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Health News

State Council for Persons with Disabilities (SCPD) currently has funding available for the Traumatic Brain Injury Fund and encourages people who may benefit to apply.

Applying for the Traumatic Brain Injury Fund
Applications are available here>

Since July 2013, the General Assembly has allocated funding to SCPD to
administer a Brain Injury Fund. In order to qualify for the funding
applicants must fully complete an application and meet these requirements:

  • Must be a Delaware resident.
  • Provide denial of service letters from existing insurance.
  • The person receiving the funds must have medical documentation of a brain

Covered services under the Traumatic Brain Injury Fund may include the

  • Home and Environmental Modifications
  • Driver Rehabilitation
  • Service Dog Acquisition and Support
  • Assistive Technology
  • Short-term attendant services not covered under other funding sources
  • Medically approved summer day camps
  • Other services approved by the TBI Fund Committee

For additional information on the Traumatic Brain Injury Fund, please contact Director John McNeal.

John McNeal Contact Information
Phone: (302)-739-3620
Email: John.McNeal@state.de.us

Brain Injury Fund Brochure_01-11-18

Freedom Hills Therapeutic Riding Program is a Premier Accredited Program with  Professional Association for Therapeutic Horsemanship. We are a Maryland Horse Discovery Center as well as a Maryland Farm Based Education Center. Our lead instructor/executive director won the Region 2 PATH Credentialed Professional of the Year Award. To mention only a few of  our acknowledgements.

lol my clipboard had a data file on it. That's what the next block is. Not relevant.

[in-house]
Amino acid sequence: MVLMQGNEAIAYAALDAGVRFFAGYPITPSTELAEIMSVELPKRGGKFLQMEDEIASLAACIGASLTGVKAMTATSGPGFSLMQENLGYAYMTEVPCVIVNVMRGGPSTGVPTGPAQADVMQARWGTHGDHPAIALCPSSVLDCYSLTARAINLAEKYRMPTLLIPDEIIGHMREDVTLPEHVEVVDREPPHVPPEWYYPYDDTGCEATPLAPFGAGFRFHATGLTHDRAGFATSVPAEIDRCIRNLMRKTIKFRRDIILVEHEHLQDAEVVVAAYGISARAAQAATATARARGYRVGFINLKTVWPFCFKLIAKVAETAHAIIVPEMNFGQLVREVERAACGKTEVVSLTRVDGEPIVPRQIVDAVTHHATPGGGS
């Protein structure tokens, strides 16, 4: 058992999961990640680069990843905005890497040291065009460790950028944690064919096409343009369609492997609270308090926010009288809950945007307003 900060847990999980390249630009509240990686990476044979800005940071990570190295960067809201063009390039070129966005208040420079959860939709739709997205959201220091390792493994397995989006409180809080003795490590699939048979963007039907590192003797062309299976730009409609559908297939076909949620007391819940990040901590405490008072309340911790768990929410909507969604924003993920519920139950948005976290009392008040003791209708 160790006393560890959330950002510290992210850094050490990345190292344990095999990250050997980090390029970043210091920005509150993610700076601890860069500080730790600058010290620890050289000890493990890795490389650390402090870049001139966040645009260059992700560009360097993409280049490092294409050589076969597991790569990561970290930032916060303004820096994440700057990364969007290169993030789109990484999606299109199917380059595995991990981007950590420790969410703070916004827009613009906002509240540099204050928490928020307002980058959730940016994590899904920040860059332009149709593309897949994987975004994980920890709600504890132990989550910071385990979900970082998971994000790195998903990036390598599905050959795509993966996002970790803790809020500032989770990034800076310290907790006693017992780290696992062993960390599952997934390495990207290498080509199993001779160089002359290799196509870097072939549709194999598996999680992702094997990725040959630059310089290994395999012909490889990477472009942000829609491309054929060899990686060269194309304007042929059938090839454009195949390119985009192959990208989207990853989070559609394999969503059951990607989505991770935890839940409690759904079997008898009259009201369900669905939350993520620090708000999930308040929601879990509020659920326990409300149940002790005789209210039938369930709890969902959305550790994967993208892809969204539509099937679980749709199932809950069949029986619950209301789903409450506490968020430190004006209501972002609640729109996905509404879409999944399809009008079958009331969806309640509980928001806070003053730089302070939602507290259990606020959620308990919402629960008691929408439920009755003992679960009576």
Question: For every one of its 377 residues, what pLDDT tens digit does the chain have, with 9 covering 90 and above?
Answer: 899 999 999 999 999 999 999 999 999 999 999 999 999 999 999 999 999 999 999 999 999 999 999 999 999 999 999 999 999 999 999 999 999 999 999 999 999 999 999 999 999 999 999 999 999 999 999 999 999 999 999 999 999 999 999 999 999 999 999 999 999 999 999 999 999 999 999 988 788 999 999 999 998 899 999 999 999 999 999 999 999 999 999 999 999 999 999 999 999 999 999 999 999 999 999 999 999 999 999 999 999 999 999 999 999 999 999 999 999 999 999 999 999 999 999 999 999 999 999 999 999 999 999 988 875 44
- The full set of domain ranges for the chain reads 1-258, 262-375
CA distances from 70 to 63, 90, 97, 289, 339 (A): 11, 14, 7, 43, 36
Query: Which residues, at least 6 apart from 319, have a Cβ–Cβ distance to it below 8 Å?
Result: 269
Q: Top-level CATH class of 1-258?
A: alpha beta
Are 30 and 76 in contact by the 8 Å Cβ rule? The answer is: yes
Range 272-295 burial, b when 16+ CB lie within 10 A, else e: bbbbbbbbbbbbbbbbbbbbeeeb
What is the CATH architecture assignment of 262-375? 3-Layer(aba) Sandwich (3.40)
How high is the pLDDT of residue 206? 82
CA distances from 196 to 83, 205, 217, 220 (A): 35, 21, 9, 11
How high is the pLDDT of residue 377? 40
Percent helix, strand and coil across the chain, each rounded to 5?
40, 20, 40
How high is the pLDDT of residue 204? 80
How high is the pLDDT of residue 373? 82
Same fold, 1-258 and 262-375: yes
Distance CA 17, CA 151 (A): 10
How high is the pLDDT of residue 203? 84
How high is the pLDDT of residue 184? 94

Freedom Hills TRP was the second program in the United States to offer Equine Facilitated Learning to Veterans. We started back in 1982.

Services include:

  • We offer individualized programs for people who happen to have mental,
    physical and or emotional difficulties.
  • For groups of two or more we offer the Equus Effect. It is a five week
    program where we meet for three hours once a week.
  • We work on mental agility, body awareness and Natural Horsemanship. Our
    mental health professional can meet with Veterans on an individual basis.
    Veterans can sign up for riding lessons where they learn the basics to
    horseback riding followed by the enjoyment of trail rides. We prefer the
    Veterans go through the Equus Effect program first but it is not necessary.
    Our Military Drill Team has performed at the Fair Hill International, The MD
    Million and the MD State Fair.

Should you like to compete, our Veterans compete at the MD State Fair as well as other competitions on the East Coast.